Monday, June 9, 2014

Damariscotta Lake: Nature Observations

Having just spent the first week of June near Damariscotta Lake, Maine, here are a few nature observations and photographs:

Male (note large antennae)
Click on any photo to enlarge.
Luna moths: seen either evenings, fluttering or perched near exterior
lights, or days, immobile until night. The rarity of sightings, pale green color and serene flight of these large moths trigger inquires into symbolic meaning and also inspire poetry. This topic has been written about at length in a May 2013 posting of this blog. Briefly, the moths emerge in late May or early June to a 5-10 day lifespan as winged moths. Males seek females by following the trace of pheromones she has released into the night air. He finds her, they mate, she lays 100-300 eggs over a few nights. There is no male display competition. The first male to get to a female is the winner.

Horse chestnut flowers
Horse chestnuts are of the genus Aesculus, not to be confused with edible chestnuts, which are genus Castenea. Within Aesculus, several species are native to North America, while others were introduced; the one we know as horse chestnut (Aesculus hippocastanum) is from eastern Europe. It can exceed 100 feet in height. In May and June is is covered with large clusters of white/red/yellow flowers. These attract bees and especially bumblebees. On quiet mornings the sound of bumblebees can be clearly heard some ten to twenty yards from the tree. Everything worth knowing about bumblebees is found in the book Bumblebee Economics. A key trick to their ability to compete with honeybees is that bumblebees can shiver flight muscles in order to raise body temperature, allowing them to harvest nectar at early morning air temperatures which bees avoid.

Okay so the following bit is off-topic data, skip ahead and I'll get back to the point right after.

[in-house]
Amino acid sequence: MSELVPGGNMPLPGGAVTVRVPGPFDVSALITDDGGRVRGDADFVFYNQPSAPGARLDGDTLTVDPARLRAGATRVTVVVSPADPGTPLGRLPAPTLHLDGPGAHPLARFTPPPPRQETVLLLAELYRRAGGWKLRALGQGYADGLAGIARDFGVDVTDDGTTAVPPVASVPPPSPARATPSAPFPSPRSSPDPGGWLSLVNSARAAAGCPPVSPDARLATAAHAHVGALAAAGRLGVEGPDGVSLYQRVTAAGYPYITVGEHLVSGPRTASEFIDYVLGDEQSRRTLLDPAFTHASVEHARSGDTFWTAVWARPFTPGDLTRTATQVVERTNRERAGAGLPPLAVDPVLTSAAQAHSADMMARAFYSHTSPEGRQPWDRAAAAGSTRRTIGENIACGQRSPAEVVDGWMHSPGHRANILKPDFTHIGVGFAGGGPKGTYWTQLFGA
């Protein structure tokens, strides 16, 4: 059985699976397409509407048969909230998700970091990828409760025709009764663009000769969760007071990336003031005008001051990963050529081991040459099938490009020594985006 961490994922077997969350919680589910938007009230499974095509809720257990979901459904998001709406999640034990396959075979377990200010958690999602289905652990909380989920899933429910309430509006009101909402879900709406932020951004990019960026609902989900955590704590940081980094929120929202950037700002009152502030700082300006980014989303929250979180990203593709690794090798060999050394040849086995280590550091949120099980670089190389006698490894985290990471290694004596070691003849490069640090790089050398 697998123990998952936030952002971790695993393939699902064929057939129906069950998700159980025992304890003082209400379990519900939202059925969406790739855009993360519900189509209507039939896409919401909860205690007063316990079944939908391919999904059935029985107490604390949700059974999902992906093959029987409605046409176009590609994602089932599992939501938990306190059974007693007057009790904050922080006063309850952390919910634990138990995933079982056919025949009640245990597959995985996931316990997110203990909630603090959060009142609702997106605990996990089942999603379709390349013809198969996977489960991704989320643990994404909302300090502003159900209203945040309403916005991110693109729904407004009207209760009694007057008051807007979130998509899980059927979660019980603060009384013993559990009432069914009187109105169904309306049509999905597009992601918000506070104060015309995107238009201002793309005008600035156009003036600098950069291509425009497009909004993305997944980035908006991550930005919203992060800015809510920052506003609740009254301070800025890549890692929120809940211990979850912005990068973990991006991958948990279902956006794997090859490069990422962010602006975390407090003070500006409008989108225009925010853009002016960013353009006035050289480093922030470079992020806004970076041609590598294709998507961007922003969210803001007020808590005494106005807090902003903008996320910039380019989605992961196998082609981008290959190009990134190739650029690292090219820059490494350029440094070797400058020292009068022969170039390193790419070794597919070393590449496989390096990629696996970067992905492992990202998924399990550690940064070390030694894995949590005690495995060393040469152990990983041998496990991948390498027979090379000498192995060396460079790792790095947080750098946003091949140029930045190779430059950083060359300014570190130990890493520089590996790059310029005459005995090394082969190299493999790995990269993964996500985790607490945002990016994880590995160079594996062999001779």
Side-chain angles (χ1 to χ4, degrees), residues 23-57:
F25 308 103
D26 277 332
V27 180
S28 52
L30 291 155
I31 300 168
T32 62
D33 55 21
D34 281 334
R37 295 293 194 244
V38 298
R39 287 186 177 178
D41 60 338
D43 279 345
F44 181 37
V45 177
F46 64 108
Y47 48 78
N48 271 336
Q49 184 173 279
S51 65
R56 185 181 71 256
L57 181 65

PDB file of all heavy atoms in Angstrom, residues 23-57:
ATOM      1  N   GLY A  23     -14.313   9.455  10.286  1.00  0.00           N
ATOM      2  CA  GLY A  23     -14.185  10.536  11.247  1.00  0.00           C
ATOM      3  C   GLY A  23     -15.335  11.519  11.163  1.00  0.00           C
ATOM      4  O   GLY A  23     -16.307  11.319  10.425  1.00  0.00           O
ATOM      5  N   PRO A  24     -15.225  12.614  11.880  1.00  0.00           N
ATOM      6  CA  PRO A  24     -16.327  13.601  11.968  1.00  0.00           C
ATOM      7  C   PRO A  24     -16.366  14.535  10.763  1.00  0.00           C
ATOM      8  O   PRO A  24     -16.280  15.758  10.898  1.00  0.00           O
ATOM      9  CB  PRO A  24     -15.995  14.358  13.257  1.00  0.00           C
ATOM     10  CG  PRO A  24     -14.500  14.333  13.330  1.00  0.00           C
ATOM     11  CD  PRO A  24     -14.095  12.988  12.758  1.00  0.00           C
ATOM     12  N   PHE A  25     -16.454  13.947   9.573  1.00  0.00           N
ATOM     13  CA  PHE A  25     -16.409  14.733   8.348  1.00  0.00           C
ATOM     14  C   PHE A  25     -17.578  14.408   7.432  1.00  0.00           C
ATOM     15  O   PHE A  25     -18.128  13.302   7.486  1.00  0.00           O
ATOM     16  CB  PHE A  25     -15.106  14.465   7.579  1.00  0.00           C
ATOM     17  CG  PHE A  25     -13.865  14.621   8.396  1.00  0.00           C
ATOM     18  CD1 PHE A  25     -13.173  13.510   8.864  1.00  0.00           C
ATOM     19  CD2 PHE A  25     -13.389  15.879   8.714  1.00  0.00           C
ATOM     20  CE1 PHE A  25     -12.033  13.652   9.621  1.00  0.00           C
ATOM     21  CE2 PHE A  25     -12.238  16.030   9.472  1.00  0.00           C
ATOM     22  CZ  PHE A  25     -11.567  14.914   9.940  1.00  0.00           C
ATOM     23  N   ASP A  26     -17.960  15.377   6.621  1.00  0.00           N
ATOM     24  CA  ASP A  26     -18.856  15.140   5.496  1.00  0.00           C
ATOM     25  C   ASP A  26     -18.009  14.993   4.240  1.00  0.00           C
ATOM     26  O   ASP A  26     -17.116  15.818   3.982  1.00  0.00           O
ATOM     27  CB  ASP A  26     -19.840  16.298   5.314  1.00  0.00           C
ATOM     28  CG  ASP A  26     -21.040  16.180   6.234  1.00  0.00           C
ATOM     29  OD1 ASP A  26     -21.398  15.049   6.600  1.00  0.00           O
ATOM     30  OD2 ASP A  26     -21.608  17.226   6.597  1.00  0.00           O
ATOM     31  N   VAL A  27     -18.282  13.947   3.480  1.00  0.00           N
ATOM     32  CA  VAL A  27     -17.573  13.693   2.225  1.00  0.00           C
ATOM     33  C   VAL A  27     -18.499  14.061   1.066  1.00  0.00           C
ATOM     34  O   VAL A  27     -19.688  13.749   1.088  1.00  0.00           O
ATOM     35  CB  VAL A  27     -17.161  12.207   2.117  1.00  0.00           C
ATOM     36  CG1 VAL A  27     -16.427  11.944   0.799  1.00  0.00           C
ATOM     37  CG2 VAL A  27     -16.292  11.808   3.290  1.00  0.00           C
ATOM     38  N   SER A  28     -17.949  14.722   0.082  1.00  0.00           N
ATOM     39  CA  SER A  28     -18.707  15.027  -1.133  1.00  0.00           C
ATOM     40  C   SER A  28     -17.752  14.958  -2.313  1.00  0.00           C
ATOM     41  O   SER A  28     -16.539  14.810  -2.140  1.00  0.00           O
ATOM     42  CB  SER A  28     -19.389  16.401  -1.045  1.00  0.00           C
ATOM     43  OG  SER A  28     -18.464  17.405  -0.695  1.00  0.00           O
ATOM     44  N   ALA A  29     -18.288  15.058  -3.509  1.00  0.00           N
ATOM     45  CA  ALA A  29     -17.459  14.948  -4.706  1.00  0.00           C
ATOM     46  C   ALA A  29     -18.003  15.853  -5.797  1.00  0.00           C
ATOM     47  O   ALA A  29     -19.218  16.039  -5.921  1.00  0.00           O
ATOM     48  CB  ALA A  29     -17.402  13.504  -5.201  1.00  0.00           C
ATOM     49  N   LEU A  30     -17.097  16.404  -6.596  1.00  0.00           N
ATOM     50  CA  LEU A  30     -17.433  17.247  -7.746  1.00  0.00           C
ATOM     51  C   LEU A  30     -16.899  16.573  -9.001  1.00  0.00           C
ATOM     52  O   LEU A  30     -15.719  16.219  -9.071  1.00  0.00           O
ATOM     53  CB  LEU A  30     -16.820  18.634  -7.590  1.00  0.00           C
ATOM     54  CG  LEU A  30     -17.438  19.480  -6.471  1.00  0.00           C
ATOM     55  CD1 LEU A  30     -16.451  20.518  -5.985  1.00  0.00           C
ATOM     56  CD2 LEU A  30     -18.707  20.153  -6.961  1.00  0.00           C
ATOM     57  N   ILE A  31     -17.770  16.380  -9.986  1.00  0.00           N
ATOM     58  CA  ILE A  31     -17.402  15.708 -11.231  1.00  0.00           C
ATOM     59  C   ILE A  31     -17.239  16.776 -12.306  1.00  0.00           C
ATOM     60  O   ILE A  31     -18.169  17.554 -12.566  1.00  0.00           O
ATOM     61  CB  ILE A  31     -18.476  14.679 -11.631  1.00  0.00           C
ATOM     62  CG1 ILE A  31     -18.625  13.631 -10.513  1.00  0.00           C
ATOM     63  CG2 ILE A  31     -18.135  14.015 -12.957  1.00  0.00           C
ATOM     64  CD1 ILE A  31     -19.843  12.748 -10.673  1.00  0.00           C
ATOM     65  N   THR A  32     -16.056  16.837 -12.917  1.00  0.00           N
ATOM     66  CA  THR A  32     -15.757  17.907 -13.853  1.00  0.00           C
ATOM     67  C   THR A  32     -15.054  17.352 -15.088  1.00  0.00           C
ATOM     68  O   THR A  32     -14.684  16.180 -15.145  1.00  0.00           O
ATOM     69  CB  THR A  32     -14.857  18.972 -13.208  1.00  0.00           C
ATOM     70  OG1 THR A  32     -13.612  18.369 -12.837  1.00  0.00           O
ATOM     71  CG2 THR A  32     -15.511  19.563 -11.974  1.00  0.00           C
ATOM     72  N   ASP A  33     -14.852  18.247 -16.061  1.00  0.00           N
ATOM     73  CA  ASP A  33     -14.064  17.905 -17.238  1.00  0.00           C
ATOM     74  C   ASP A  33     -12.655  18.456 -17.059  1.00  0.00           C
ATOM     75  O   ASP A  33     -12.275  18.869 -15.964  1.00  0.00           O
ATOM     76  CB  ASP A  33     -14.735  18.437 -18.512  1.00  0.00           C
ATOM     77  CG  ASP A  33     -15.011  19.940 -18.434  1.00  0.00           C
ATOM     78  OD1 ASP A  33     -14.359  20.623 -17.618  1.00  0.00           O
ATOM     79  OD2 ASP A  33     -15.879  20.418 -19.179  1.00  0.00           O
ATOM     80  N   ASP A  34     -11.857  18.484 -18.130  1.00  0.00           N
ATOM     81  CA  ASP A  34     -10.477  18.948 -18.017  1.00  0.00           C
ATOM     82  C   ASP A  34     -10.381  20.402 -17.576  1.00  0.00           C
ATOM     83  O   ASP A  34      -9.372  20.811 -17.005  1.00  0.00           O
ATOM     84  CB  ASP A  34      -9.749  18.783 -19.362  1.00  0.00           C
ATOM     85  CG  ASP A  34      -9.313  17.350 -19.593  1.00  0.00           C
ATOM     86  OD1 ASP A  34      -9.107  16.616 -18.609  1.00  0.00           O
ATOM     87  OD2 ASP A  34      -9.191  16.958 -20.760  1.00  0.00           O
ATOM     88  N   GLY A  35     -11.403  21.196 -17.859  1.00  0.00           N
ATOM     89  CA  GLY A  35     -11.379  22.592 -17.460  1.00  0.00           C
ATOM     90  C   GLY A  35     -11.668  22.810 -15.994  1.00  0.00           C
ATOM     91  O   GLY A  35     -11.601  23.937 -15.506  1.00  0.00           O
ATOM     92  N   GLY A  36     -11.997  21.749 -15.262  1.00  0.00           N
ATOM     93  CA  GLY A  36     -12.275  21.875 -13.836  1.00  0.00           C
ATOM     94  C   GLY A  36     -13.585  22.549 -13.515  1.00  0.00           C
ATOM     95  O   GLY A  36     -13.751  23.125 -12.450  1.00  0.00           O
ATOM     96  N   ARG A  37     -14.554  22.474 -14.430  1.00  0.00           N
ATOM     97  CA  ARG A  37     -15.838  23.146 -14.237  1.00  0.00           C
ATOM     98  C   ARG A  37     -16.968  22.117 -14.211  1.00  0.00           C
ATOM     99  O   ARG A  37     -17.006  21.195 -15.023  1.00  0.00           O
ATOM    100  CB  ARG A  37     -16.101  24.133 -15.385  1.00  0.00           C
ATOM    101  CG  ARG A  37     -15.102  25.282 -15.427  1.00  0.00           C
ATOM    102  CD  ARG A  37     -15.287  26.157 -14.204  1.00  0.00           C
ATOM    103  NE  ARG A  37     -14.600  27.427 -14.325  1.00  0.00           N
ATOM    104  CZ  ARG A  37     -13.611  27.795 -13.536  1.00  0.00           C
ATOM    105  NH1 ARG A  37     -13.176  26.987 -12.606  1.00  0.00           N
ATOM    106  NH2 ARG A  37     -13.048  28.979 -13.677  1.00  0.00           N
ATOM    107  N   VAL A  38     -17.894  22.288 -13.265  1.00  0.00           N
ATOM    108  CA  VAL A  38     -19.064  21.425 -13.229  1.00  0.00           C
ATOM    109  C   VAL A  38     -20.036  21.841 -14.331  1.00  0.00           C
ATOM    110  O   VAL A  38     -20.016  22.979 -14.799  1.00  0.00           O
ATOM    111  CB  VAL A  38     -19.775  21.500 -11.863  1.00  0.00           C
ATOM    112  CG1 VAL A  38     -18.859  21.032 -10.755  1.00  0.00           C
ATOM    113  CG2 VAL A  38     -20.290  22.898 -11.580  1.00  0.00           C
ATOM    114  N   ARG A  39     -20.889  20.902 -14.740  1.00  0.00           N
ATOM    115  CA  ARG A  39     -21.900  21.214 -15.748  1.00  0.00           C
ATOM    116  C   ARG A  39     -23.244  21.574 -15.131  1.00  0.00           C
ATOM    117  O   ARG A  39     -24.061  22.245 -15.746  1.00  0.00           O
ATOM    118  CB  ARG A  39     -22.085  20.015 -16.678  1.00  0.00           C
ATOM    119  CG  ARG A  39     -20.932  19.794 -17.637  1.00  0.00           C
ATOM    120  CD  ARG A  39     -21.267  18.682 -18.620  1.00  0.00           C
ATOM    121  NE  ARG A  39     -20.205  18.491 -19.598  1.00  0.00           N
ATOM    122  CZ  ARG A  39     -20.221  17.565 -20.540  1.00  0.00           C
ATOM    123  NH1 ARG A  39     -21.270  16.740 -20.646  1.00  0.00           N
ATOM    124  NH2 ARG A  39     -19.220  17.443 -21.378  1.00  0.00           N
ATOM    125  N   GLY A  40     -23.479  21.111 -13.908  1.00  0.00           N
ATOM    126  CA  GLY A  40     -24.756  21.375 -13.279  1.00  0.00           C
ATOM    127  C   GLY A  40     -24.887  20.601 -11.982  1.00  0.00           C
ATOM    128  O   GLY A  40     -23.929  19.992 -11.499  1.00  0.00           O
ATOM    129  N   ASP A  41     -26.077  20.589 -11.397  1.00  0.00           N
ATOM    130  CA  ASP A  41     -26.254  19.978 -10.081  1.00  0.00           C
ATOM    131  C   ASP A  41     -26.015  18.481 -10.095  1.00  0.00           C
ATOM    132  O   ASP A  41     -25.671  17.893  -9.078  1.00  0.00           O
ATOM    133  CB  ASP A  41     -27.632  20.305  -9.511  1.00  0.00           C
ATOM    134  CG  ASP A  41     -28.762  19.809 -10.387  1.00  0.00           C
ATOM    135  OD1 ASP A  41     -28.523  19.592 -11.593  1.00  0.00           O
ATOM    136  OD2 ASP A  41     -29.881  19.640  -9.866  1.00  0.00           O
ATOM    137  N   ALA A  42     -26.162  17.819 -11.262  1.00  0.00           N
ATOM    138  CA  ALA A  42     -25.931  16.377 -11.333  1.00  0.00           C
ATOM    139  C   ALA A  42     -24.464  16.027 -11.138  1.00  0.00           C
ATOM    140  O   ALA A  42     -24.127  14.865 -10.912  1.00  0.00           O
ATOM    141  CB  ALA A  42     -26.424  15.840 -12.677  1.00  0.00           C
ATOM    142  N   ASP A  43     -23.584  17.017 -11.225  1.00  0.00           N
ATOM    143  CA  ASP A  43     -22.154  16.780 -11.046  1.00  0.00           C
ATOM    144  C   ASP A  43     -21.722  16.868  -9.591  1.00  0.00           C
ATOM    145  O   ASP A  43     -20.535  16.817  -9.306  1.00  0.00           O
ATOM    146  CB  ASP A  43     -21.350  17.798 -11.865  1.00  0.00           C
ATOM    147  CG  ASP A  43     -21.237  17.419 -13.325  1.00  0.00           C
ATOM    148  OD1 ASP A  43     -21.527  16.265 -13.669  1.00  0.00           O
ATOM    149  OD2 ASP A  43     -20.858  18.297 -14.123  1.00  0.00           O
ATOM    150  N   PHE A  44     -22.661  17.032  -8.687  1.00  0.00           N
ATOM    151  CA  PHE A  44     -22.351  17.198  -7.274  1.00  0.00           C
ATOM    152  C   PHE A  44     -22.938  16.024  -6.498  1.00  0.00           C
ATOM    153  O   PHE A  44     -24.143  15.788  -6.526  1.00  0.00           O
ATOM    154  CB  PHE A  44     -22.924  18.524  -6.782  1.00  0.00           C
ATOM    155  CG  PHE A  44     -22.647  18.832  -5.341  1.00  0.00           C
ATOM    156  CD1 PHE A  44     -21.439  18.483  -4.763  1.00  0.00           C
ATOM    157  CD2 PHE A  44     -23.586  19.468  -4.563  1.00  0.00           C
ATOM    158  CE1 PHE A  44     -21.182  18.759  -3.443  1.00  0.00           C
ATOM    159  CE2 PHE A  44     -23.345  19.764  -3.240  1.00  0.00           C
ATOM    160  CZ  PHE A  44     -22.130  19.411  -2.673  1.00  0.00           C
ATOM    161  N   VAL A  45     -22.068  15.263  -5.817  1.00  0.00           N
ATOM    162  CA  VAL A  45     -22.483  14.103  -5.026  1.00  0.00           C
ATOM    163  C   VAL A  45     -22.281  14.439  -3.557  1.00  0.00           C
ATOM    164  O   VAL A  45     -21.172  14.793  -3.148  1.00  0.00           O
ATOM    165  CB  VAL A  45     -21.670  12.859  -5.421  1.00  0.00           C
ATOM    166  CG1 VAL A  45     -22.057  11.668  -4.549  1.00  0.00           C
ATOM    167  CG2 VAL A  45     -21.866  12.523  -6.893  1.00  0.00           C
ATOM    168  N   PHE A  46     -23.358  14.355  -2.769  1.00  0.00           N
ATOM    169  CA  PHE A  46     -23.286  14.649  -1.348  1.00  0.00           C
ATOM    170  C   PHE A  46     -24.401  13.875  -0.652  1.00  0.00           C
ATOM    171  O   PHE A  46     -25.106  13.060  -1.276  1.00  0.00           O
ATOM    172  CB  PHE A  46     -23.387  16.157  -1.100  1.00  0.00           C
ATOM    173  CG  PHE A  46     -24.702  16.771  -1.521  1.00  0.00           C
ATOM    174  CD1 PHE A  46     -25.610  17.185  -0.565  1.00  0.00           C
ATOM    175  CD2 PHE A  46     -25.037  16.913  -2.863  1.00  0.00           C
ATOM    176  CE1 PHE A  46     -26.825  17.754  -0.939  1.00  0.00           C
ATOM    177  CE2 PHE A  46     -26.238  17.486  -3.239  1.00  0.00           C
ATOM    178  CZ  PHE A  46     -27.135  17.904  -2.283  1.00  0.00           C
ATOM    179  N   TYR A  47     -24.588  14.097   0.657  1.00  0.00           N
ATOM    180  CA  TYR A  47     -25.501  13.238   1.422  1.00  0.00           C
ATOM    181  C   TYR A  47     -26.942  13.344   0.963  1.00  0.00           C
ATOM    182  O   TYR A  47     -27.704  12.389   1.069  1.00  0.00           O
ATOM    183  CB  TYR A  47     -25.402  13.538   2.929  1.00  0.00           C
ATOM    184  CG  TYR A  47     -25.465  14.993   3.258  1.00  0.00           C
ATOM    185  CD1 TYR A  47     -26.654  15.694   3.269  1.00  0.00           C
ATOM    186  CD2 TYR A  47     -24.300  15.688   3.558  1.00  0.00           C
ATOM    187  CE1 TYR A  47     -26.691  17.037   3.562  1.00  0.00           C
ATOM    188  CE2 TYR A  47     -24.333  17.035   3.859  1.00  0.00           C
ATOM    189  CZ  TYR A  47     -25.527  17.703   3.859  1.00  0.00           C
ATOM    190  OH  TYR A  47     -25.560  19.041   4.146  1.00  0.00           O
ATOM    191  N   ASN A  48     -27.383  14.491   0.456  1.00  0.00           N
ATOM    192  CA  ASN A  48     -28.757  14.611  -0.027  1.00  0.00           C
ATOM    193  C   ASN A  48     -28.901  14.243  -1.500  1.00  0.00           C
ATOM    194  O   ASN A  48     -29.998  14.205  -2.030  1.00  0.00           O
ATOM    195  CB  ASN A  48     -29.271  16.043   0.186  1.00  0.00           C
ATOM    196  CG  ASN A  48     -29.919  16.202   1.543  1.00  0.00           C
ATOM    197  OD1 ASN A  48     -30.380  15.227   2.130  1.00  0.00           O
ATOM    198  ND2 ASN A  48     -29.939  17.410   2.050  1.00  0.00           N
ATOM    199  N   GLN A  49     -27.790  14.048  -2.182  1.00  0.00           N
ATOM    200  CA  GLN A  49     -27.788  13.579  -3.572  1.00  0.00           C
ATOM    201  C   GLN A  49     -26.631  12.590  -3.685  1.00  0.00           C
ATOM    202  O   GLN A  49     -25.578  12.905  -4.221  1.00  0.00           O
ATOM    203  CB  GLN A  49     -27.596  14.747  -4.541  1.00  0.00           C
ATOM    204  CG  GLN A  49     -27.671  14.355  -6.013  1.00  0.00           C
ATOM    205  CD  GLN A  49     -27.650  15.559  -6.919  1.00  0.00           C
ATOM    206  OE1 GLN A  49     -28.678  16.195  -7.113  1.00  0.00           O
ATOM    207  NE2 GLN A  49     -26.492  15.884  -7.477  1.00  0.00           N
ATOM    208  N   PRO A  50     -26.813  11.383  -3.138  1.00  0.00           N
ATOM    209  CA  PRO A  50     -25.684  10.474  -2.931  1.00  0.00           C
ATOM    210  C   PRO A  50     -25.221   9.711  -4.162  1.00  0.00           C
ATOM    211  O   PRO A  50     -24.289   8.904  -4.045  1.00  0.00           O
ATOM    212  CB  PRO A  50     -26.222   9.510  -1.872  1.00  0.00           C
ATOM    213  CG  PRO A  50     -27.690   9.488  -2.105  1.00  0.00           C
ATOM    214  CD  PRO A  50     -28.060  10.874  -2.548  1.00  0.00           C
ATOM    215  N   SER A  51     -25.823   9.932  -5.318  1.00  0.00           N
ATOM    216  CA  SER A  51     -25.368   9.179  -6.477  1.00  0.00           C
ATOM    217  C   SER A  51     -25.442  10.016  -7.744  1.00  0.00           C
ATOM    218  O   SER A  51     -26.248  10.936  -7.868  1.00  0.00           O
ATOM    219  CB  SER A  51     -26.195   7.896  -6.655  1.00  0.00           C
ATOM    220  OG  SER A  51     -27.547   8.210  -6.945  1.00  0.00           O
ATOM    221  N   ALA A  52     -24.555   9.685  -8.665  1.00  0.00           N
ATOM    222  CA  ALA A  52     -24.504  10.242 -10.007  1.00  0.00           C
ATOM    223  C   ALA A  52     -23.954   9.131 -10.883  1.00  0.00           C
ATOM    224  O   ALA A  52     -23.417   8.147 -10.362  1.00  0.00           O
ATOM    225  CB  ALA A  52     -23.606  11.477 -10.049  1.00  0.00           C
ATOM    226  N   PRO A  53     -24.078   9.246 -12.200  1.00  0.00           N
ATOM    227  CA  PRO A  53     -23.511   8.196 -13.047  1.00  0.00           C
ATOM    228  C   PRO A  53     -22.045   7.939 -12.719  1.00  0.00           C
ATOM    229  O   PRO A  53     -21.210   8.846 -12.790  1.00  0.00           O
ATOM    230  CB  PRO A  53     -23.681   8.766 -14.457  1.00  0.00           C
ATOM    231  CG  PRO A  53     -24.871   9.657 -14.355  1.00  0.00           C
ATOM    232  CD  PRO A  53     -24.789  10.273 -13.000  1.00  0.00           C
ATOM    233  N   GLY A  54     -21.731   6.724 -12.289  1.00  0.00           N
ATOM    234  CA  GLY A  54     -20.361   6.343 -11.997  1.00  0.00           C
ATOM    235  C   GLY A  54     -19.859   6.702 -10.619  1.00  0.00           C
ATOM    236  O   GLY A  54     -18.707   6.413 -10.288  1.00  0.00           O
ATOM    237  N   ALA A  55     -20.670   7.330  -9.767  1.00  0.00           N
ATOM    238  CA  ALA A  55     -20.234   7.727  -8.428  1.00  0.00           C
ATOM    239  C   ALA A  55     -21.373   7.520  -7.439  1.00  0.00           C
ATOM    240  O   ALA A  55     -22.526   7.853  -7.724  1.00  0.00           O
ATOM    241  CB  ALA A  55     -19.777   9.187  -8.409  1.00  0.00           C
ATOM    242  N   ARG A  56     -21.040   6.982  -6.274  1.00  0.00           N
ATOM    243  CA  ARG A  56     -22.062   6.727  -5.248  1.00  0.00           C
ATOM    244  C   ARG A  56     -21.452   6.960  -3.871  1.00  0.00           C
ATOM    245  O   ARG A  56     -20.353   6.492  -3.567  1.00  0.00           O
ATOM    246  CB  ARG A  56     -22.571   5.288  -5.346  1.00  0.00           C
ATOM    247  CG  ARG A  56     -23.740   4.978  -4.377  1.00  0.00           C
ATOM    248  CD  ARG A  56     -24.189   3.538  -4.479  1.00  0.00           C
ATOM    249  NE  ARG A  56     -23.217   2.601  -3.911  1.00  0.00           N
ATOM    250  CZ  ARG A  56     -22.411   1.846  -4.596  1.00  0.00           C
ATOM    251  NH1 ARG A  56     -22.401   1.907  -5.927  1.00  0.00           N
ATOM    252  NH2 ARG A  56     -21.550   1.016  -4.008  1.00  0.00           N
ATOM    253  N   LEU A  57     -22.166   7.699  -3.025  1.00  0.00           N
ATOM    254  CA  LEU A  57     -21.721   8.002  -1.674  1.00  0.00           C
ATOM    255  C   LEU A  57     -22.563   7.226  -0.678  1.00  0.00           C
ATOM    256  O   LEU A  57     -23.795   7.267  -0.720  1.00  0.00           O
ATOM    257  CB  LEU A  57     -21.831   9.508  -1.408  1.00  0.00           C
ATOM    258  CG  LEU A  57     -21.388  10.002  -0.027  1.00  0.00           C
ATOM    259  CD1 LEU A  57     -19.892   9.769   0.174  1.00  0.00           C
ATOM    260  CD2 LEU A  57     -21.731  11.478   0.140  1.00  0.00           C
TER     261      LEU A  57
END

The large brown nuts which fall from spiky pods in the fall are informally known as conkers, and if from an American species common in the mid-west, buckeyes. Unlike American Chestnut, the wood from Horse Chestnut has poor decay resistance. It is also of low density compared to hardwoods, and thus not desirable for building nor as firewood. 

Pink Lady's Slipper - flower height
about two inches, atop a stem 6-12".

The Pink Lady's Slipper (or Lady Slipper)  is indigenous to eastern U.S. and Canada. This is the most common of several species found in Maine. This member of the orchid family is not easy to grow as a potted plant, nor away from it's natural habitat, as it requires partial shade plus the very acidic soil one finds in pine/spruce/hemlock forests. Better to admire it in situ. This is New Hampshire's official state wildflower.